The Community Foundation Concept

When Frederick Goff created the original community foundation in Cleveland in 1914, he had two cornerstone concepts in mind. First, he wanted to make philanthropy available to everyday Clevelanders, not just the super wealthy. Second, he wanted to build discretionary capital to address the community issues of the day.

At that time, many captains of business and industry had created private foundations to channel their immense wealth into philanthropy. Goff envisioned an alternative mechanism that would allow individuals of all means to leave a charitable legacy. As president of Cleveland Trust, he had responsibility for administering the bequests of many large estates held in trusts. He saw how often provisions for the charitable uses of trust income became obsolete or counterproductive, a phenomenon he had observed in his work as an attorney. Goff saw the stranglehold that bequests that had outlived their designated charitable purposes exerted on vast amounts of capital. At a time when social needs were great, it troubled him that so much wealth was uselessly held in irrevocable wills. This was referred to as “the dead hand.”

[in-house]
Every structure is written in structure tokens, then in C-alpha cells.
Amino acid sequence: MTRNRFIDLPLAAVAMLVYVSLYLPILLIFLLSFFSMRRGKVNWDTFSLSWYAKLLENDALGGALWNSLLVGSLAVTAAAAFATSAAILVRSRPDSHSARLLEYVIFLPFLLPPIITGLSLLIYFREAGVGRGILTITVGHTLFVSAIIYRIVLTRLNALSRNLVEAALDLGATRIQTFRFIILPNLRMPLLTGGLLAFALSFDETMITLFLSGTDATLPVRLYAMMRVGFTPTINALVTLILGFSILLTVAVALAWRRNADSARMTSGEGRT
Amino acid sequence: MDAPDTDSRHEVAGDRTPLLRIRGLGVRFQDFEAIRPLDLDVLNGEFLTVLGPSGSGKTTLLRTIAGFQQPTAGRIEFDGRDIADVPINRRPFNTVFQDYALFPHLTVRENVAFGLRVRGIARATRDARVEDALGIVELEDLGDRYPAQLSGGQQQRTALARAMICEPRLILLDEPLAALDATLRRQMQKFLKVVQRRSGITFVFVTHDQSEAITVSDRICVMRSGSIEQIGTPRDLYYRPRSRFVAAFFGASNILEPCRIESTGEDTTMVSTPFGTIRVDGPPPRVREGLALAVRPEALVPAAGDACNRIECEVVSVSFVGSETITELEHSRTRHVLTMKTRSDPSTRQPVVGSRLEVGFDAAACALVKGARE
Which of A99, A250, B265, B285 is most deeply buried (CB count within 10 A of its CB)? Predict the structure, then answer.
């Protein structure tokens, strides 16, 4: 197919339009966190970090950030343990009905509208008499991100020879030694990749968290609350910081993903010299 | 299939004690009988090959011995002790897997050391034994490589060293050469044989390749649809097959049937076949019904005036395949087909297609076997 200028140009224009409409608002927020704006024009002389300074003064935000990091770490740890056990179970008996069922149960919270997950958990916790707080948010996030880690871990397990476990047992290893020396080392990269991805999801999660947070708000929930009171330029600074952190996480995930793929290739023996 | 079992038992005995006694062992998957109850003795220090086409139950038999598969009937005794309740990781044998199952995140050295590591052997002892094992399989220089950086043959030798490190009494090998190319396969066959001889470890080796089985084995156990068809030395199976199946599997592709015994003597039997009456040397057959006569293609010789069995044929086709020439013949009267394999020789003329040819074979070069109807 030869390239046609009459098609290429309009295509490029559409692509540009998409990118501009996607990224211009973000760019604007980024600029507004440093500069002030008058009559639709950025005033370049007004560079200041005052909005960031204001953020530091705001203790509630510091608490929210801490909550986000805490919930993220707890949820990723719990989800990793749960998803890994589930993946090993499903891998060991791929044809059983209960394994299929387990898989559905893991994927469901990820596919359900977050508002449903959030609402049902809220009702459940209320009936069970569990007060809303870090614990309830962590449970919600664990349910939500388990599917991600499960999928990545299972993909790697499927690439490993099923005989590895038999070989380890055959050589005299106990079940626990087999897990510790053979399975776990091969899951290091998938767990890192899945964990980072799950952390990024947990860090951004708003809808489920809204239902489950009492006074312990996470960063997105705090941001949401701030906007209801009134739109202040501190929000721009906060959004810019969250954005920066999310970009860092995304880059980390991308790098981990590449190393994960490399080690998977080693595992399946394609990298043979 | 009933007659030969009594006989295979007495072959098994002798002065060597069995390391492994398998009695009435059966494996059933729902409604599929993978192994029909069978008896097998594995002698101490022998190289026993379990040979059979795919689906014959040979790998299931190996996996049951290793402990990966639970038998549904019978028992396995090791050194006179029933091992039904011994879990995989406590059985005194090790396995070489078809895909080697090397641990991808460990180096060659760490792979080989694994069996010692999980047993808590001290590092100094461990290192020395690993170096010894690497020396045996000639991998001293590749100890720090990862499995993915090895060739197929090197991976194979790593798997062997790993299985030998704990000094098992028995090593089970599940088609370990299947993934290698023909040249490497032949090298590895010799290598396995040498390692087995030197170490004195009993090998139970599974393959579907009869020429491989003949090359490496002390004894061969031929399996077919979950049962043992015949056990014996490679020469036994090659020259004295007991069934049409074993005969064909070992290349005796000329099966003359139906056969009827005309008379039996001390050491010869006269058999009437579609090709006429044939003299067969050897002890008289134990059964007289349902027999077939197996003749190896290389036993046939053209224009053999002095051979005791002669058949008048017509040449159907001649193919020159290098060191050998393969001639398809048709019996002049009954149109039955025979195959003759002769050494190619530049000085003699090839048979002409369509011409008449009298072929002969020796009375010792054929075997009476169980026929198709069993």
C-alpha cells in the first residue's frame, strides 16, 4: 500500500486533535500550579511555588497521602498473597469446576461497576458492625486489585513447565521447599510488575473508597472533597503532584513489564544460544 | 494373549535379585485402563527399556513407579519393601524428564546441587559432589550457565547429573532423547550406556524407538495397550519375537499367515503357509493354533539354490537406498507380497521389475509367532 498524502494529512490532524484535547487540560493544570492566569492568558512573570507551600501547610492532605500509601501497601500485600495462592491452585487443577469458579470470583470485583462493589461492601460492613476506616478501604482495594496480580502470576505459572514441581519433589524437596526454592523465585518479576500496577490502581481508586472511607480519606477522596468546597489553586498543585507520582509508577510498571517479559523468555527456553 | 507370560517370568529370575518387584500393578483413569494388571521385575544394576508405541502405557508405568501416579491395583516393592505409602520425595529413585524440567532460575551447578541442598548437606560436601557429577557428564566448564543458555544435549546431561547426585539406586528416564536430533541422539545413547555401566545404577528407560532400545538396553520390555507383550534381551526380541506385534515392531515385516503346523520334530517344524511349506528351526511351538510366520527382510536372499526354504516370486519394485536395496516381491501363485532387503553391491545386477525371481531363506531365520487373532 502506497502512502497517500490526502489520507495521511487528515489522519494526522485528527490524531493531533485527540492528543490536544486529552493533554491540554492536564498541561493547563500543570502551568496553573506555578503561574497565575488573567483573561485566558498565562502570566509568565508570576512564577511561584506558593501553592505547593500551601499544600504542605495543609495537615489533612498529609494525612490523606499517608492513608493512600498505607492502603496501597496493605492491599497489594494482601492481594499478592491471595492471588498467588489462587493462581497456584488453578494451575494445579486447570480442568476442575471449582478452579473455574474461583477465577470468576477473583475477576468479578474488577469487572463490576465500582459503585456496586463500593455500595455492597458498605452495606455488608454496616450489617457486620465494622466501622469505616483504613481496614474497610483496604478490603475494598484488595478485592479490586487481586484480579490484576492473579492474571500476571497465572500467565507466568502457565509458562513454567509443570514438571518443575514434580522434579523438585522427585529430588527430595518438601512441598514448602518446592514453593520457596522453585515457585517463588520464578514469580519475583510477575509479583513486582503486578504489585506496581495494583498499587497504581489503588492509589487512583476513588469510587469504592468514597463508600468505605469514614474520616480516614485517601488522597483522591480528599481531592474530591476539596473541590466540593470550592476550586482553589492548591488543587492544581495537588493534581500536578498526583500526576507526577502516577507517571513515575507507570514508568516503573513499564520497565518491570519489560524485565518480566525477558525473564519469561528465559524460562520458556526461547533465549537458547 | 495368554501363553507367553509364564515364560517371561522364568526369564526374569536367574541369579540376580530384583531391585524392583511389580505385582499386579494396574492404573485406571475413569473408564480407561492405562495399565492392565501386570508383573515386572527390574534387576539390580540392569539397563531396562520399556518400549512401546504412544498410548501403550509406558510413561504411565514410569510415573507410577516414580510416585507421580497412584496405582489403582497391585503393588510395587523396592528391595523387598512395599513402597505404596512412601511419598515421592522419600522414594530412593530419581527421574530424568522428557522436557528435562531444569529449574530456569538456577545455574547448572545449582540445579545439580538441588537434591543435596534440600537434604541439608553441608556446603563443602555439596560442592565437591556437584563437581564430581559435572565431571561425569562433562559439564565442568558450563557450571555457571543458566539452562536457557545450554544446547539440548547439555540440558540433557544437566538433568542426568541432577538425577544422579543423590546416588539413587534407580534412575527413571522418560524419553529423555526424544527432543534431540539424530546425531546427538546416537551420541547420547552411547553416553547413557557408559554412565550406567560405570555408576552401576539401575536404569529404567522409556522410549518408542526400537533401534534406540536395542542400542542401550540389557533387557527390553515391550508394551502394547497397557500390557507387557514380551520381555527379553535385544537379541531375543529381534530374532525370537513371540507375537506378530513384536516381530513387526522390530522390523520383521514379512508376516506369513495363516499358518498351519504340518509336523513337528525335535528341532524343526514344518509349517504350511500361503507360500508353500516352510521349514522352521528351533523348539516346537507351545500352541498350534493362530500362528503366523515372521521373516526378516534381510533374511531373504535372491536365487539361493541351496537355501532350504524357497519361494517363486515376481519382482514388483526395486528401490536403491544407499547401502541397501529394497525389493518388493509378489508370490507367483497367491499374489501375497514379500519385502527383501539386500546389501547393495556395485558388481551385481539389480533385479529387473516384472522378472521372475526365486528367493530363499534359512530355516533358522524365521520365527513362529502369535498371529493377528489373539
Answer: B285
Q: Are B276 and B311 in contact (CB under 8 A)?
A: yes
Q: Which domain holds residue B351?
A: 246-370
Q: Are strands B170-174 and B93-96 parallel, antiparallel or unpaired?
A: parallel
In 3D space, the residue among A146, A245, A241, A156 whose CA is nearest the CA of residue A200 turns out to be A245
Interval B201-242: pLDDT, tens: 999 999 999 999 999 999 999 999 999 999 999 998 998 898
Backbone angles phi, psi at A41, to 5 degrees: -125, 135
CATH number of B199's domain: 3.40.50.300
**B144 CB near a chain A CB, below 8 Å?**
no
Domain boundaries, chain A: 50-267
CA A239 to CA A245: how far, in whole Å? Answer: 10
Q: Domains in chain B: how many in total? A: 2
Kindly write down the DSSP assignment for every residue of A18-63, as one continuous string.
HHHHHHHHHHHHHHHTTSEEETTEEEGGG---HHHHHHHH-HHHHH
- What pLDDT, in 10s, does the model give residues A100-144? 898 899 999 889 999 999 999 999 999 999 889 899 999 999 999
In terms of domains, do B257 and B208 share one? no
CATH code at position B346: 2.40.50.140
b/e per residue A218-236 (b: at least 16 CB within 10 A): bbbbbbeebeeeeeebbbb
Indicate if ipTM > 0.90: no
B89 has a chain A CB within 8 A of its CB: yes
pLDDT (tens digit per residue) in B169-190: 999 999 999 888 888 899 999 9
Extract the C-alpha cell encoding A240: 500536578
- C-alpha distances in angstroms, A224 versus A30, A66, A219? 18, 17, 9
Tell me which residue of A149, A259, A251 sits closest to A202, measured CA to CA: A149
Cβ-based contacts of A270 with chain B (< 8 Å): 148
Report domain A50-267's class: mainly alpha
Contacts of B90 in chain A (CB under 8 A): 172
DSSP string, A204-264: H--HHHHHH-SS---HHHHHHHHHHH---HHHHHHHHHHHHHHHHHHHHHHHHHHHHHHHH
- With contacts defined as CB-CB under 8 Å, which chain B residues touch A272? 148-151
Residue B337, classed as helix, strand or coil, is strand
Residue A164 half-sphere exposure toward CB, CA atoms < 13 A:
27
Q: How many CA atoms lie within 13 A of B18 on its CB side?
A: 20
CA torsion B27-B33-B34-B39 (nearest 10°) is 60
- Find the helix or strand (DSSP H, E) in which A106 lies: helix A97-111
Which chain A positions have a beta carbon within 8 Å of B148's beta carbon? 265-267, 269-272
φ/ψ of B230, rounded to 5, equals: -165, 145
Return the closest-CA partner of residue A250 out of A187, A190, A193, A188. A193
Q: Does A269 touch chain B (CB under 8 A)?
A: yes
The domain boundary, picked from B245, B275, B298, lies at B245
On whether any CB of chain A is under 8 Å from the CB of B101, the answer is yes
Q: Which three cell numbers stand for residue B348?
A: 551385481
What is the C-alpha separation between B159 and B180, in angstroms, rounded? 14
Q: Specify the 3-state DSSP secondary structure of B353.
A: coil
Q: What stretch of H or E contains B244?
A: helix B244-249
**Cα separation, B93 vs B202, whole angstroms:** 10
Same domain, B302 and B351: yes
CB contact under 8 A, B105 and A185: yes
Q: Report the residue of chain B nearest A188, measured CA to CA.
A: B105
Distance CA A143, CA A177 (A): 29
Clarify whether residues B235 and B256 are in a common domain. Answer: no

Goff wanted to pool the charitable resources of Clevelanders from all walks of life, both living and deceased, into a single, permanent trust that could be used to address current community needs at any moment in time. The trust’s income would be dispersed by a publicly appointed body, a living hand to ensure the wise and efficient use of the charitable bequests Goff hoped would be entrusted to Cleveland’s community foundation for the “mental, moral and physical improvement of the inhabitants … regardless of race, color or creed.” In envisioning this mechanism, Goff not only vanquished “the dead hand,” he also upended the prevailing belief that philanthropy was the exclusive province of the wealthy.

The Rhode Island Foundation was created two years later with a $10,000 unrestricted gift from Jesse Metcalf.

With thanks to the Cleveland Foundation for sharing the story of Frederick Goff.

One Union Station
Providence, RI 02903


(401) 274-4564

E-News Sign Up